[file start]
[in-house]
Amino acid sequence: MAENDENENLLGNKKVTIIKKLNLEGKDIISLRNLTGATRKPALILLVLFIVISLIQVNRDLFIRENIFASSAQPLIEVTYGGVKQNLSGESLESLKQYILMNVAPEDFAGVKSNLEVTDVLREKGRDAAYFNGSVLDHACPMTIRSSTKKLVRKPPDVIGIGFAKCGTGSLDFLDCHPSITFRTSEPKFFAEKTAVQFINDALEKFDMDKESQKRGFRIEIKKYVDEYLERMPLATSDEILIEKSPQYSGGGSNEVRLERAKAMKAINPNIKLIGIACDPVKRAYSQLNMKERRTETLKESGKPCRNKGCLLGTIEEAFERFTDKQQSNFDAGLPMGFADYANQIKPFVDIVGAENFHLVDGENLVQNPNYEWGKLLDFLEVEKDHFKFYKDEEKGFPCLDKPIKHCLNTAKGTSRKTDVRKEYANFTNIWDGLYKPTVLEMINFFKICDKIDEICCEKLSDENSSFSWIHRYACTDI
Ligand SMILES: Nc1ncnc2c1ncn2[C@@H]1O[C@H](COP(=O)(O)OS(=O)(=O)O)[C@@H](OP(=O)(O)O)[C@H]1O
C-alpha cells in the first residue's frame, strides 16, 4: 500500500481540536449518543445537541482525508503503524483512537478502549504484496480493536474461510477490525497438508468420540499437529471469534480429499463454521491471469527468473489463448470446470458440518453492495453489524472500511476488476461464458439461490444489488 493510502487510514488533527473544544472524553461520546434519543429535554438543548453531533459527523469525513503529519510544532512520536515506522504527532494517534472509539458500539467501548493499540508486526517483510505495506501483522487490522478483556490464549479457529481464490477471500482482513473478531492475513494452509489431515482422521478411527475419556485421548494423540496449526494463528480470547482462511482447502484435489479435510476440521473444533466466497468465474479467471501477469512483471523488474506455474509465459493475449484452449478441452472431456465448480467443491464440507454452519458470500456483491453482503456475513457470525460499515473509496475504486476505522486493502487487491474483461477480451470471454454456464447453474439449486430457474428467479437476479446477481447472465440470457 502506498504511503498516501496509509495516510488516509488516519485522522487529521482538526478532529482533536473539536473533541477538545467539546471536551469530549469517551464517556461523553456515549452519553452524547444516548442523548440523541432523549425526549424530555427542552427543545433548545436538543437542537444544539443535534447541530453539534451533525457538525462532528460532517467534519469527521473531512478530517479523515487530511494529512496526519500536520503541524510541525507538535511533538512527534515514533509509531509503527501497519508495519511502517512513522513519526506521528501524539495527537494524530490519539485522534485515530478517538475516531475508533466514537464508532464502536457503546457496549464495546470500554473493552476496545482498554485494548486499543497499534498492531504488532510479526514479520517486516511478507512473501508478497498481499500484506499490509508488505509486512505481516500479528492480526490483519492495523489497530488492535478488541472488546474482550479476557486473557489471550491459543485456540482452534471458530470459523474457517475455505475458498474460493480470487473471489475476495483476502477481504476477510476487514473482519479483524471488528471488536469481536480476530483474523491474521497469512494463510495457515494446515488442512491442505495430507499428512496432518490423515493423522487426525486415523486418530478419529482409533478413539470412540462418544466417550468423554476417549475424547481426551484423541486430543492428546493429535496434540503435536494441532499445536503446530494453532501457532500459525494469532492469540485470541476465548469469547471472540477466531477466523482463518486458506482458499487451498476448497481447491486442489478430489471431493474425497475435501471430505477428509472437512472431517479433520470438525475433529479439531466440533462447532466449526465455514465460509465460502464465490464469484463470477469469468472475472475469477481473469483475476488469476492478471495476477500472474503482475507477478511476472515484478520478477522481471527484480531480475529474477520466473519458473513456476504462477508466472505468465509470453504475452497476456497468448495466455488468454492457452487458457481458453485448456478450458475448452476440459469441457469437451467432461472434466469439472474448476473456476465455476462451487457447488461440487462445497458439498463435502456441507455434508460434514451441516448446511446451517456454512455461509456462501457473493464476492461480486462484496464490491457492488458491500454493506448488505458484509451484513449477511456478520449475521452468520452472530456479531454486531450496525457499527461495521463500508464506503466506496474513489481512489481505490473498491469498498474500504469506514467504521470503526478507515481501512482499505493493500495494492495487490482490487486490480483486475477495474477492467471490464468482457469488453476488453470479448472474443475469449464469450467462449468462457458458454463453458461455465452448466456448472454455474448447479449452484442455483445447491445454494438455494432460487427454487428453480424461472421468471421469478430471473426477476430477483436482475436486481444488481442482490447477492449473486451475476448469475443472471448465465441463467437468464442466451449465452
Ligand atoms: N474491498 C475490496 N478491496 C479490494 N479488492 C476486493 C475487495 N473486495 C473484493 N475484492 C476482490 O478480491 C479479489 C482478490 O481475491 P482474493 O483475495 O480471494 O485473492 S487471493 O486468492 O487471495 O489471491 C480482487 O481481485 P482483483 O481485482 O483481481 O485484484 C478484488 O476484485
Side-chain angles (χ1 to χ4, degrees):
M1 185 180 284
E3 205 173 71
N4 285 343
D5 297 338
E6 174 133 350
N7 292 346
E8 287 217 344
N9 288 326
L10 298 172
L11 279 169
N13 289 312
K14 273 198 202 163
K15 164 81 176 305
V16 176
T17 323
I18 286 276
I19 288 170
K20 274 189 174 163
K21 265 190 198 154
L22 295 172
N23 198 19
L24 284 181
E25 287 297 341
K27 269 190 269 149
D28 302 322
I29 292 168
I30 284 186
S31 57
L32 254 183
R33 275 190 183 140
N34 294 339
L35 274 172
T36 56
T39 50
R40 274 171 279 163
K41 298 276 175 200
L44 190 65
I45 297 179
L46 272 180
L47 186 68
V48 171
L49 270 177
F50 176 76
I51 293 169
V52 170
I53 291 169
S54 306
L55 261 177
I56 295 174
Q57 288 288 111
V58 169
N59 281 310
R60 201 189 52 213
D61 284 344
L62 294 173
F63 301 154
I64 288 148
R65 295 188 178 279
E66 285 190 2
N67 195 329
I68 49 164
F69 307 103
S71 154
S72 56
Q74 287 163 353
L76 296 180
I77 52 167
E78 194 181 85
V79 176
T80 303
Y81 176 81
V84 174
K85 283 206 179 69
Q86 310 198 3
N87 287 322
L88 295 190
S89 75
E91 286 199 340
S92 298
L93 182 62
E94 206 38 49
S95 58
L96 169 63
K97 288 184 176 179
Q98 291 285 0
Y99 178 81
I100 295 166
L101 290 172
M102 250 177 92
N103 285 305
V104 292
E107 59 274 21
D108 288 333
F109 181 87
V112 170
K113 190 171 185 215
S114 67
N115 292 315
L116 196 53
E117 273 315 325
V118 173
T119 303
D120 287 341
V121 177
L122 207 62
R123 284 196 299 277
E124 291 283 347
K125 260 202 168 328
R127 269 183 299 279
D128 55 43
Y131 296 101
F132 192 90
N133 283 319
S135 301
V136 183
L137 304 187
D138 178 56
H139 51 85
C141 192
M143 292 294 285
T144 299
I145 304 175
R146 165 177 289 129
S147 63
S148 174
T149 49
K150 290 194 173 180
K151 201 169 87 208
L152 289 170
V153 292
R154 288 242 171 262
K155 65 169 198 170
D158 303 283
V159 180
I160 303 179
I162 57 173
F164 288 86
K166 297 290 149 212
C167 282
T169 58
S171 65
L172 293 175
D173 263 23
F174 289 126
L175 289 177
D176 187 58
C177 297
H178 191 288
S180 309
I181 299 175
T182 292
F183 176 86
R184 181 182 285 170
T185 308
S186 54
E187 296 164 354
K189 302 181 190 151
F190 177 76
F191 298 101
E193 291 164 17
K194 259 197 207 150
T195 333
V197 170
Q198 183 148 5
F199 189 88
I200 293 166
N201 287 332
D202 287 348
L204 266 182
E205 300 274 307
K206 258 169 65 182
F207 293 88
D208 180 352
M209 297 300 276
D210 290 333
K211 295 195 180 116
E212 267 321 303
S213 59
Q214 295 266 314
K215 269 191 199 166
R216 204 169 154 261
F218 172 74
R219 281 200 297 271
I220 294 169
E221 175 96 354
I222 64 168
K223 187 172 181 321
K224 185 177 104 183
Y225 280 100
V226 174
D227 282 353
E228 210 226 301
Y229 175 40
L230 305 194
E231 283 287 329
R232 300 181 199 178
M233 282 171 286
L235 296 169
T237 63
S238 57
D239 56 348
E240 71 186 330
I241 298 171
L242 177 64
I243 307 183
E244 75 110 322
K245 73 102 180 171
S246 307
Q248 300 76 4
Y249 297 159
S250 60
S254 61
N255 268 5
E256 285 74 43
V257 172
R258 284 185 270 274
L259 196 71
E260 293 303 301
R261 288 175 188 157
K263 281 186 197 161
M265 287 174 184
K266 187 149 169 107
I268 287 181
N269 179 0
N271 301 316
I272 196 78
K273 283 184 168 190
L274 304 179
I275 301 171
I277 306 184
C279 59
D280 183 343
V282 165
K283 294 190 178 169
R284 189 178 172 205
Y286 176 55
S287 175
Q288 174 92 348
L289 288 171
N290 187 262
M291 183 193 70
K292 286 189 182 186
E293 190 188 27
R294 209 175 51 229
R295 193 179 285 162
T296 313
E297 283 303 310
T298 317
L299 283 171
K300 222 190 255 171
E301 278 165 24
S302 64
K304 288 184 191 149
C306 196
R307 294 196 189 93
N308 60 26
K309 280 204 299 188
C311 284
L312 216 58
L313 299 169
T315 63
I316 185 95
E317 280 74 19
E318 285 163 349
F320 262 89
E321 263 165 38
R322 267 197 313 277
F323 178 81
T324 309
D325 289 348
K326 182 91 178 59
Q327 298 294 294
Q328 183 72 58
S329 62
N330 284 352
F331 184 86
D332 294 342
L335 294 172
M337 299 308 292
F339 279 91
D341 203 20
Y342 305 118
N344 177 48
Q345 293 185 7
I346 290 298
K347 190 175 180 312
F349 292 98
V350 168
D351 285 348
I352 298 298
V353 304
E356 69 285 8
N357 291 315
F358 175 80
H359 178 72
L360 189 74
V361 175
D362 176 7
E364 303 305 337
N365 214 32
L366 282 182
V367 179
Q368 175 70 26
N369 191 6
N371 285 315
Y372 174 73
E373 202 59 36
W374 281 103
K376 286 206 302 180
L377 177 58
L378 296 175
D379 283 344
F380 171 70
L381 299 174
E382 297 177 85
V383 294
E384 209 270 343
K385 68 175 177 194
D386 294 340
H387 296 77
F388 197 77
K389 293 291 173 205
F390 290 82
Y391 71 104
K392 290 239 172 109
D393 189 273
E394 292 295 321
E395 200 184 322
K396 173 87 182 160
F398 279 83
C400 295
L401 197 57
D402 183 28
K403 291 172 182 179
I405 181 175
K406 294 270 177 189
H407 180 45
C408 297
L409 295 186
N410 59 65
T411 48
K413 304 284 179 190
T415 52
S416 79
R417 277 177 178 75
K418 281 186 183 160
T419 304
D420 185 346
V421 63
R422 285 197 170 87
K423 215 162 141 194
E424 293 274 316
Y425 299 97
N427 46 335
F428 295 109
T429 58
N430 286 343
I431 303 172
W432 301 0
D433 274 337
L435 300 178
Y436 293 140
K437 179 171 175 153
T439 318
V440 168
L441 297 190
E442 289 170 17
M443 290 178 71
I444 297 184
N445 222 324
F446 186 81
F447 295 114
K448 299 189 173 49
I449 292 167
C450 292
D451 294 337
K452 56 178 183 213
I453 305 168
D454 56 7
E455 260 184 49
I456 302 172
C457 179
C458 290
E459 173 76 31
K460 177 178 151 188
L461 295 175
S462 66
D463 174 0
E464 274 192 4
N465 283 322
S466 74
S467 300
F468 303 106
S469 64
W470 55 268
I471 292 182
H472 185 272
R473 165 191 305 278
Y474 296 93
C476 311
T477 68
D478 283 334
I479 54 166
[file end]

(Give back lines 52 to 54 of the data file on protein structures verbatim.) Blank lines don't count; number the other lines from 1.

I53 291 169
S54 306
L55 261 177